Another notable aspect of Augur is that it’s totally open source. That means that any developer with the necessary know how could fork it and create an even wilder version overnight. An in-the-works project called NewAugur suggests that a modified version of the platform may be in development.
How does Augur work?
Though Augur’s underlying blockchain infrastructure is innovative, its actual interface is actually quite simple and text-based.
The Augur marketplace revolves around the exchange of Auger’s Ethereum token, REP (short for “Reputation”). REP can be exchanged for other cryptos through MetaMask and a number of other supported crypto wallets.
The main way to earn REP is by guessing correct event outcomes. Those who forecast an outcome correctly win REP tokens. Those who choose the wrong outcome, lose.
Another way to earn REP is by providing relevant information about the events that other users are gambling on. These information providers are called reporters. Augur reporters that provide the correct answers earn REP rewards. Those that provide incorrect answers, don’t.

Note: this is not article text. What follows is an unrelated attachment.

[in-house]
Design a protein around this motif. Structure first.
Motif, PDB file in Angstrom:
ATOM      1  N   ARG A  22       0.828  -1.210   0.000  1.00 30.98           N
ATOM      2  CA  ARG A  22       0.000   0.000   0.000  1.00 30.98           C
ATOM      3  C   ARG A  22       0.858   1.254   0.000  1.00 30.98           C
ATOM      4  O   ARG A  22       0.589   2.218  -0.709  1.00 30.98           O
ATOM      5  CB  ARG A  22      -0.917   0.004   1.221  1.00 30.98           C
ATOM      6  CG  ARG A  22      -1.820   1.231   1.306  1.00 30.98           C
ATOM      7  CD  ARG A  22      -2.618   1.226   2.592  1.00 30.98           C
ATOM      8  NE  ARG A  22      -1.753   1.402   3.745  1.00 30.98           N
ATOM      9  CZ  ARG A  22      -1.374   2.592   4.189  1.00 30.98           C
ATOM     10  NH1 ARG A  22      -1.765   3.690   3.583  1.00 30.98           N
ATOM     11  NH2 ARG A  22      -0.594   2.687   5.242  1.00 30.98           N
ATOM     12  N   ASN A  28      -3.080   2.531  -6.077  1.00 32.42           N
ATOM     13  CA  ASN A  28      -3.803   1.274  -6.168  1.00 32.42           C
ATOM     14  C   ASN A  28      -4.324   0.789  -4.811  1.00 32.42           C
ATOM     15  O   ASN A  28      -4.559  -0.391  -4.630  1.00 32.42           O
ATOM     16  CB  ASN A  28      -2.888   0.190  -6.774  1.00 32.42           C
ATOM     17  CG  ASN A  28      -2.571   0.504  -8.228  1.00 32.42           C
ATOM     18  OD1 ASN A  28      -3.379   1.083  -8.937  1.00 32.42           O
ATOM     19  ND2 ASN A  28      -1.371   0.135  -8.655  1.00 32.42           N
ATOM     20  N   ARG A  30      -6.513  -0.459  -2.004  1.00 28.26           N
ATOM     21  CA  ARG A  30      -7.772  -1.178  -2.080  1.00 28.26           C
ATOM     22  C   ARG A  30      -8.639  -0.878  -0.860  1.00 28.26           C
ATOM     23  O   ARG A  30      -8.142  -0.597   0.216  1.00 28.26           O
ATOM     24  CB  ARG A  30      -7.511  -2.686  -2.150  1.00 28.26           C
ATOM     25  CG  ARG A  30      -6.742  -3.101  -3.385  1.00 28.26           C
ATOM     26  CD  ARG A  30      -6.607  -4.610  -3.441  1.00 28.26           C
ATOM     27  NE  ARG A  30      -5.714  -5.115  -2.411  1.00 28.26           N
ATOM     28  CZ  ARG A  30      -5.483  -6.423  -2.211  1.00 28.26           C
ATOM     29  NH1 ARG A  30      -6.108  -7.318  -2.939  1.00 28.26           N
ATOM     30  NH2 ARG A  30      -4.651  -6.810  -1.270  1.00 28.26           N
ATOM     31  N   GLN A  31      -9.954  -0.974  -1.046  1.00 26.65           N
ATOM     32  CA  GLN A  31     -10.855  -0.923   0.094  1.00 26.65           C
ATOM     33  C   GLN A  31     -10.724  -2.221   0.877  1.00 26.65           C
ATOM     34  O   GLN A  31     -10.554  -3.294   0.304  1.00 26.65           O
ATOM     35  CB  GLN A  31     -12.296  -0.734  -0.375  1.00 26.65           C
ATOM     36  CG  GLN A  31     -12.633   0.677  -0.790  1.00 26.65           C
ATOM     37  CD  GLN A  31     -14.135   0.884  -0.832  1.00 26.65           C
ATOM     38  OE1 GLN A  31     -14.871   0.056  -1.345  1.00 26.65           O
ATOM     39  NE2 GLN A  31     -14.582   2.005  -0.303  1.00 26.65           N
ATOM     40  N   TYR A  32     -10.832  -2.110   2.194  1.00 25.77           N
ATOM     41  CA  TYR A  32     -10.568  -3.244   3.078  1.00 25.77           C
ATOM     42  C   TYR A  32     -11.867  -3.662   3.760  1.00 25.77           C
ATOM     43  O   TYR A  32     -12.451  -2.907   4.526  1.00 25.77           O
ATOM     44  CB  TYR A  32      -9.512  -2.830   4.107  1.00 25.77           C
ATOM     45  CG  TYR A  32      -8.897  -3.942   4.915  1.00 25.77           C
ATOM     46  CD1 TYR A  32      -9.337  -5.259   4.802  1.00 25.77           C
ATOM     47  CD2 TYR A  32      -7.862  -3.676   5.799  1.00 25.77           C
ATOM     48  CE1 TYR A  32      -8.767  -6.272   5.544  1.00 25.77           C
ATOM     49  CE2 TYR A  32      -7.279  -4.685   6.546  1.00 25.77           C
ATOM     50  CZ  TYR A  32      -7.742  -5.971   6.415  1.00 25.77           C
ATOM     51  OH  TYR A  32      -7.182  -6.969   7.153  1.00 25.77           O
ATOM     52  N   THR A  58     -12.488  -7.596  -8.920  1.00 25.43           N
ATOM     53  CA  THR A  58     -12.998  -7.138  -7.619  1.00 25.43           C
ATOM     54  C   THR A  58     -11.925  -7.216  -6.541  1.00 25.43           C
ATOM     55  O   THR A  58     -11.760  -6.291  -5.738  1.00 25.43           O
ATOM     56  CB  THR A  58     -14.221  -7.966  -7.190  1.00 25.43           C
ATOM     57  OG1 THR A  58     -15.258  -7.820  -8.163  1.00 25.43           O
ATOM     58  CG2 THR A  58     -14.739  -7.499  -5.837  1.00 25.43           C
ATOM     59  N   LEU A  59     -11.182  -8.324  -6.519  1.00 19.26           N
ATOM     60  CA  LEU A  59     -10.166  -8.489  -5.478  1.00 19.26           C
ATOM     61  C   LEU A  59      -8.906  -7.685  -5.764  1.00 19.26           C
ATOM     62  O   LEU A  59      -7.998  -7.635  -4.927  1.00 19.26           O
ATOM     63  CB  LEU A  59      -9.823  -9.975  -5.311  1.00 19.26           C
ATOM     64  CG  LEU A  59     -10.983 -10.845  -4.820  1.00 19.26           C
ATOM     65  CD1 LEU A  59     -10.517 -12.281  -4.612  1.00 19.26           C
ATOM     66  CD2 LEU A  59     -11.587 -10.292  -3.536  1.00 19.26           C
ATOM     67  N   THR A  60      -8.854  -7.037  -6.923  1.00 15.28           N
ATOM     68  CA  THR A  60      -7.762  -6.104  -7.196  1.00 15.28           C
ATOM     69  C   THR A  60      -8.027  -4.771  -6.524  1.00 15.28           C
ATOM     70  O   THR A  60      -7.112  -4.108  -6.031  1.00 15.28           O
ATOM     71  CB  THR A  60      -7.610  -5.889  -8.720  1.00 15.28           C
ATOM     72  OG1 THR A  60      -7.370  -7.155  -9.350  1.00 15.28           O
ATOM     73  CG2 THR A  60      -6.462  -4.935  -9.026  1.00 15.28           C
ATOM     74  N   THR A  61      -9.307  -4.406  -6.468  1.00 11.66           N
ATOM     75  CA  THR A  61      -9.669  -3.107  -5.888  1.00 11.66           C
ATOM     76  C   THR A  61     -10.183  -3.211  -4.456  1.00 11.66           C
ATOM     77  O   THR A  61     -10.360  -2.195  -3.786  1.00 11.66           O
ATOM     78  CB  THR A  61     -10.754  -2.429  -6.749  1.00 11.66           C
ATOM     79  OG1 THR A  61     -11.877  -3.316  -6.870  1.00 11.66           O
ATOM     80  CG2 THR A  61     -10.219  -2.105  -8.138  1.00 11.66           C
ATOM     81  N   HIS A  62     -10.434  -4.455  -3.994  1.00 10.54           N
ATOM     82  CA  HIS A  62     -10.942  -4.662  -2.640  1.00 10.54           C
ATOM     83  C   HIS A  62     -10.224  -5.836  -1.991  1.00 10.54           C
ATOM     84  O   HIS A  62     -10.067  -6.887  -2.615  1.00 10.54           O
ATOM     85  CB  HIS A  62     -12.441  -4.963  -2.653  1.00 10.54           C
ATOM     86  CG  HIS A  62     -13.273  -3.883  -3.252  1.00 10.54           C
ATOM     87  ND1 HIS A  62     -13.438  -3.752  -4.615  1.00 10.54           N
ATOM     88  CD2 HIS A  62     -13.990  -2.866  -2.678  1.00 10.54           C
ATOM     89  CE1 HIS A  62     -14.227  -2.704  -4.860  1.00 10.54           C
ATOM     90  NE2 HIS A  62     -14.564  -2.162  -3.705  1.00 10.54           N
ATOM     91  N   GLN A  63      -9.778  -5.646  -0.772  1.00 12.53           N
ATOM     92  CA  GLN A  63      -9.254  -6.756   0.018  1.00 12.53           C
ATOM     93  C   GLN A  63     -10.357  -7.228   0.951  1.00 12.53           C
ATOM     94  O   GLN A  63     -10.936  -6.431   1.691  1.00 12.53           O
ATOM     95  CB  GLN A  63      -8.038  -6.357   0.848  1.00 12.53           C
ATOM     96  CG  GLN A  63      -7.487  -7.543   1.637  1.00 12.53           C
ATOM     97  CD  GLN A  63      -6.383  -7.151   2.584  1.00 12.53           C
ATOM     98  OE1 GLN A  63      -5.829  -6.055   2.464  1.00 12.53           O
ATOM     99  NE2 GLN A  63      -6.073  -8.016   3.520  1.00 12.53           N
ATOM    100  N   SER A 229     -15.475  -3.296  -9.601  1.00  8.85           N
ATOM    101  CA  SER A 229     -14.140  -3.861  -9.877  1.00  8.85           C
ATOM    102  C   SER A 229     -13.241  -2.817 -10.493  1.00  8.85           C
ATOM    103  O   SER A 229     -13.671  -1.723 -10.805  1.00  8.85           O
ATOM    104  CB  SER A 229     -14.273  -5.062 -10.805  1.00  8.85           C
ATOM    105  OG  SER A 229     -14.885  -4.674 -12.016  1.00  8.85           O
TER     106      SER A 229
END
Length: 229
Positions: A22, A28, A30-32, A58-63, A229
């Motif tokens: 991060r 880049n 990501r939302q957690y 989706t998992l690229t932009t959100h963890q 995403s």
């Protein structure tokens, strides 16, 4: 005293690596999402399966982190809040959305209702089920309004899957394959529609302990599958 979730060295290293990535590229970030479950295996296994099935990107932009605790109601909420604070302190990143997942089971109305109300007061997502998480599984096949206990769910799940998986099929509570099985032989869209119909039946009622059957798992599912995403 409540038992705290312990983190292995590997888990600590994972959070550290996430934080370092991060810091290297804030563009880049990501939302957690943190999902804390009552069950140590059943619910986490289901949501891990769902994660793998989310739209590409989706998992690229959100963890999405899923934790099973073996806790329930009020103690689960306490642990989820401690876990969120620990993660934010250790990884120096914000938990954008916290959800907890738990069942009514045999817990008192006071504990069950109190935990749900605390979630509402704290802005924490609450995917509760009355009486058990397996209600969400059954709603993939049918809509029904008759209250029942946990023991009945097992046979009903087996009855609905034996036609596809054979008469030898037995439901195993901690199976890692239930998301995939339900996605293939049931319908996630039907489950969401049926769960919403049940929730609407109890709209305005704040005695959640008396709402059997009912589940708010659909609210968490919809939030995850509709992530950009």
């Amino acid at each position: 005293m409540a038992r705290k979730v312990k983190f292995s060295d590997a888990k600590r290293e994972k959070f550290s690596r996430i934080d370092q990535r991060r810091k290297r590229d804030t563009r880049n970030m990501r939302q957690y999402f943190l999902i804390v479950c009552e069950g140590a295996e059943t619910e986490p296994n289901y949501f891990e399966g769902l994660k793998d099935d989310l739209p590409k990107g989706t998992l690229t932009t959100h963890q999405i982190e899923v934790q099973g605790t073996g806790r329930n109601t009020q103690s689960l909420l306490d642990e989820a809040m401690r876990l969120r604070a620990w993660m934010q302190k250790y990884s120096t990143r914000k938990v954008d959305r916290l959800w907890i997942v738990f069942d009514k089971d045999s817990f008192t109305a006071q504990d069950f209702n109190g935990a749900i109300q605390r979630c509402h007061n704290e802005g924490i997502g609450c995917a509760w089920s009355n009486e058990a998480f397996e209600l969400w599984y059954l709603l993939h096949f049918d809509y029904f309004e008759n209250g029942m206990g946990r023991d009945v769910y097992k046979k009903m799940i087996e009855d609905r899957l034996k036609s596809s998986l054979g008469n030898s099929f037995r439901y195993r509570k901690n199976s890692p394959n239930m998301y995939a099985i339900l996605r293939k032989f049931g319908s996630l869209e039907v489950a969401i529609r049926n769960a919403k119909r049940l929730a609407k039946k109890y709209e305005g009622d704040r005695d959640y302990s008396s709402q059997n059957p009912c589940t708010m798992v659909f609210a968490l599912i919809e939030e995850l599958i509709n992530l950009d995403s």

Generally, Augur has the same use cases as traditional prediction markets. Here are the two main ones.
- Predicting future outcomes. An economic theory known as the efficient-market hypothesis (EMH) posits that prediction markets are the most effective way of aggregating disparate pieces of information dispersed among individuals within a society. In other words, if many highly informed people invest in a particular outcome, they might in fact be onto something. The highly accurate Hollywood Stock Exchange marketplace is a real world example of EMH.